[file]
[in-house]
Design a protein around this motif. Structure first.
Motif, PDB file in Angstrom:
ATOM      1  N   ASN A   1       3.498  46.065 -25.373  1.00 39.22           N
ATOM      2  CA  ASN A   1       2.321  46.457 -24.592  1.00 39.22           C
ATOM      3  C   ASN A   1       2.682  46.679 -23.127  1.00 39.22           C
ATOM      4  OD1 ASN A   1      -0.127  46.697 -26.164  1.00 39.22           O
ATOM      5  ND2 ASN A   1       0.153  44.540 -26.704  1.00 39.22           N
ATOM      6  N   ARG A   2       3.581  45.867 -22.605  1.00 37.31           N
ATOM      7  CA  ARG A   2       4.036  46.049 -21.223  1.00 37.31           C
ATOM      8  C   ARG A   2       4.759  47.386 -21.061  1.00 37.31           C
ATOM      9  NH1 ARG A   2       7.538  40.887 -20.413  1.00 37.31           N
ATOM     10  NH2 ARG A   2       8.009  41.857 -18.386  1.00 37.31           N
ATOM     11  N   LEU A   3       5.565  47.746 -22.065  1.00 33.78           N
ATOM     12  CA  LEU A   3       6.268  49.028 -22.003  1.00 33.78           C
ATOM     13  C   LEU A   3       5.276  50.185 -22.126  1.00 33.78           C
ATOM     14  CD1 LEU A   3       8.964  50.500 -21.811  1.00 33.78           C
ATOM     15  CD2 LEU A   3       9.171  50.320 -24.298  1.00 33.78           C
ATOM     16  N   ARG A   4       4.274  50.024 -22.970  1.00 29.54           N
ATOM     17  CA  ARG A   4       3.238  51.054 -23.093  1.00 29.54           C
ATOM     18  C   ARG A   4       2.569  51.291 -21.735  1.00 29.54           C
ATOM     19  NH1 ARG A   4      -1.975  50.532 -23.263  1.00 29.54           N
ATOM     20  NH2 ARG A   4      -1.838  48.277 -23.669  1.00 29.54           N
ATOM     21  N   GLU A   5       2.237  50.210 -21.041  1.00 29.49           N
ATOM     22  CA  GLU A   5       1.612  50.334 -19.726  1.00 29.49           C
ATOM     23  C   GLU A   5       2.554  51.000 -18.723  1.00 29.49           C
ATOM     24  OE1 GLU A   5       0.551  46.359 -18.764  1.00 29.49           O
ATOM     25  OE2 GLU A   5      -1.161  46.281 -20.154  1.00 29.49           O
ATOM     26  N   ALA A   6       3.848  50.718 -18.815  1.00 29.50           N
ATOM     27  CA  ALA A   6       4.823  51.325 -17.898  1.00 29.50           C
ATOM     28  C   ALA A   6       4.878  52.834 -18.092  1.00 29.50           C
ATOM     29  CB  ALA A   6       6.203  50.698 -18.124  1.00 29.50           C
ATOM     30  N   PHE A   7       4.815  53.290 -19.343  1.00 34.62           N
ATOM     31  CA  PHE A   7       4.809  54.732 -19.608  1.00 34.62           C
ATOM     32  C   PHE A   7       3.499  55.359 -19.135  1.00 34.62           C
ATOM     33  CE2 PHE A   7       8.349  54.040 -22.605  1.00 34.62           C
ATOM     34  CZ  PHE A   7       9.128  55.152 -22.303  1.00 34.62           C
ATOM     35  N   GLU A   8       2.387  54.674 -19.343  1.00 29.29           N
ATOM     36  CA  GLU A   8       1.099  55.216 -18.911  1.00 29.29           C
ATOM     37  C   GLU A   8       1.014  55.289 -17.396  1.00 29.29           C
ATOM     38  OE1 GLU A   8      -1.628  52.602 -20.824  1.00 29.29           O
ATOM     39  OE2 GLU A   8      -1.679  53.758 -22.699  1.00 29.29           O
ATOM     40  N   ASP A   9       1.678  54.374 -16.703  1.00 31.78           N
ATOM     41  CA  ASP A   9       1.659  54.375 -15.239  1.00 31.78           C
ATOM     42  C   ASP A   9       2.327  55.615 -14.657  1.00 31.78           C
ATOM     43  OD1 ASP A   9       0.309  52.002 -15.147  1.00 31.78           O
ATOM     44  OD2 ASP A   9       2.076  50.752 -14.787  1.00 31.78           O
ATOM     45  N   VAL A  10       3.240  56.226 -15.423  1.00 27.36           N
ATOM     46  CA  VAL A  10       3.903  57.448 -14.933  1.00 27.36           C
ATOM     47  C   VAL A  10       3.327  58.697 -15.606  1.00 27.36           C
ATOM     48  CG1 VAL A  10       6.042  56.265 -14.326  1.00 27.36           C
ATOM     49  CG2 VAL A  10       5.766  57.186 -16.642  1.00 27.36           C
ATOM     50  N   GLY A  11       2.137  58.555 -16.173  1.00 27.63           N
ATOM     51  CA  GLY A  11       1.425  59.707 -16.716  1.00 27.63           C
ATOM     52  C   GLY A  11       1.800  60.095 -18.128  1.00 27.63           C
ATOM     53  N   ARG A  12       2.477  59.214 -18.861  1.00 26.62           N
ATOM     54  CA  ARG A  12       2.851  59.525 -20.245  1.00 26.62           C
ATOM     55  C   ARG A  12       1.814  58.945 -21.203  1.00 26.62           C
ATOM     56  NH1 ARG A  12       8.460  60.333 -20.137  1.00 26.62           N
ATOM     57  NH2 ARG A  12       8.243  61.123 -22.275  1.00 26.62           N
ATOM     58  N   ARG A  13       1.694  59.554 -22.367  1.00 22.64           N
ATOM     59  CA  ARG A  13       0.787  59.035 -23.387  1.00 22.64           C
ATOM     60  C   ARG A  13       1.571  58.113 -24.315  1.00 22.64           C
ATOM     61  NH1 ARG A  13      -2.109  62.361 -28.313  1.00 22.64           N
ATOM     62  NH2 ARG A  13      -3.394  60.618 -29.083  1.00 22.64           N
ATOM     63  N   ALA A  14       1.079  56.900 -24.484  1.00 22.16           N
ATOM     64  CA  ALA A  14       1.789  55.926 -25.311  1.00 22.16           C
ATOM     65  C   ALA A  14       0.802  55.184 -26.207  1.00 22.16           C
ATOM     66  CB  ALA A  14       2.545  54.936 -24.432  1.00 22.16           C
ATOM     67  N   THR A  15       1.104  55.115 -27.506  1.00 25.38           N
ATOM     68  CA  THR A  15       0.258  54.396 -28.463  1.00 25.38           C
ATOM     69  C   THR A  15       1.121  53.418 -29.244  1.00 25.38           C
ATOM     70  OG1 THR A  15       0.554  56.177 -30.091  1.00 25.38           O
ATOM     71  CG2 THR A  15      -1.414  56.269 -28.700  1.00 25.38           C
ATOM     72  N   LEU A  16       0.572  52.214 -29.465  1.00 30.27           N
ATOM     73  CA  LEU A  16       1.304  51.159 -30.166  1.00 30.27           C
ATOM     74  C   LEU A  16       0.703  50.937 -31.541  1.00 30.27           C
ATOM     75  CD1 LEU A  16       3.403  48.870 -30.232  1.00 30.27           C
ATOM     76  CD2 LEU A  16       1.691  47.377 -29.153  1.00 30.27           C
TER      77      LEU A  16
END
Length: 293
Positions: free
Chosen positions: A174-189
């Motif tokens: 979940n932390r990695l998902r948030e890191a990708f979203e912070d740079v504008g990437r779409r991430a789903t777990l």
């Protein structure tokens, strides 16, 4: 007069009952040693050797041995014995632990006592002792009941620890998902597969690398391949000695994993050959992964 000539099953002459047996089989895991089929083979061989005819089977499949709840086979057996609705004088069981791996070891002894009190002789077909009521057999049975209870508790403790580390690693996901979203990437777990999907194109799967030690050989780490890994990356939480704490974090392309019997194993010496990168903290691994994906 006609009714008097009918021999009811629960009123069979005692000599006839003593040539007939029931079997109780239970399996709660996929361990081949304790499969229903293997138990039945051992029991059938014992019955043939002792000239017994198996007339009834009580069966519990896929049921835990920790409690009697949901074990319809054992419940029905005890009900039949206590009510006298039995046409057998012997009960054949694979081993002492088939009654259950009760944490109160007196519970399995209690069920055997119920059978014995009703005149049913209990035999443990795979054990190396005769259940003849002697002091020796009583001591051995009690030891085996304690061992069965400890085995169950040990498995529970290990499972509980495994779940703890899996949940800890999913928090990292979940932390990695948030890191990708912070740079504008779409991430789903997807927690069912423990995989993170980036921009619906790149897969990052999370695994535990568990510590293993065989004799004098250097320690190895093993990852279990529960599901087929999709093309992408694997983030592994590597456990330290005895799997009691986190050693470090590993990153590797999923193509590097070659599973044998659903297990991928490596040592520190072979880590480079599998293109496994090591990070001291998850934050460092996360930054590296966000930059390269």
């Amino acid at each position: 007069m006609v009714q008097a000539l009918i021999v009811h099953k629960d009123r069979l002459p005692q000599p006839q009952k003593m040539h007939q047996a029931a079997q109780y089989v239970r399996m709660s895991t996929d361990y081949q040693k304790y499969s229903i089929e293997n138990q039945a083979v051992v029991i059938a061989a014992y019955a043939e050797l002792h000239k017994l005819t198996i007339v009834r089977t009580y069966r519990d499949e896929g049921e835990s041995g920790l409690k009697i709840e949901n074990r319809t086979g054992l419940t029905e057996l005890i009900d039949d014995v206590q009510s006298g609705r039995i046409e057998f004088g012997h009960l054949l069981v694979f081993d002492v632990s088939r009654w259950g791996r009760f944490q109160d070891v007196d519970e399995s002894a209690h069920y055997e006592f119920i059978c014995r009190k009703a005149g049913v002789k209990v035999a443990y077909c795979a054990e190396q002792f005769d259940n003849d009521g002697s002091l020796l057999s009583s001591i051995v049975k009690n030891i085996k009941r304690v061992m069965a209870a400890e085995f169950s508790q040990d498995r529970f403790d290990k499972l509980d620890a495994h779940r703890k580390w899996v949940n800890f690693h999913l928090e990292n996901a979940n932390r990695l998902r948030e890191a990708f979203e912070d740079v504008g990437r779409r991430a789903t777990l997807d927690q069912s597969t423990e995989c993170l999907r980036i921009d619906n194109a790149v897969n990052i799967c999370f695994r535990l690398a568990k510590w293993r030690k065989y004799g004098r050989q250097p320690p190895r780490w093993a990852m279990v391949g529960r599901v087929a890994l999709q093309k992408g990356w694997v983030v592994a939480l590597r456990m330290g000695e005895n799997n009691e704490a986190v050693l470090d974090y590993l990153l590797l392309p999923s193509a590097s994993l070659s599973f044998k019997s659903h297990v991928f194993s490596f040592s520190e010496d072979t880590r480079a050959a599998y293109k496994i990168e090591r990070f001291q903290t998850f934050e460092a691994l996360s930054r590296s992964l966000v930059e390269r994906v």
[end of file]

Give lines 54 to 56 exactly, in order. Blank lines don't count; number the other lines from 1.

ATOM     51  CA  GLY A  11       1.425  59.707 -16.716  1.00 27.63           C
ATOM     52  C   GLY A  11       1.800  60.095 -18.128  1.00 27.63           C
ATOM     53  N   ARG A  12       2.477  59.214 -18.861  1.00 26.62           N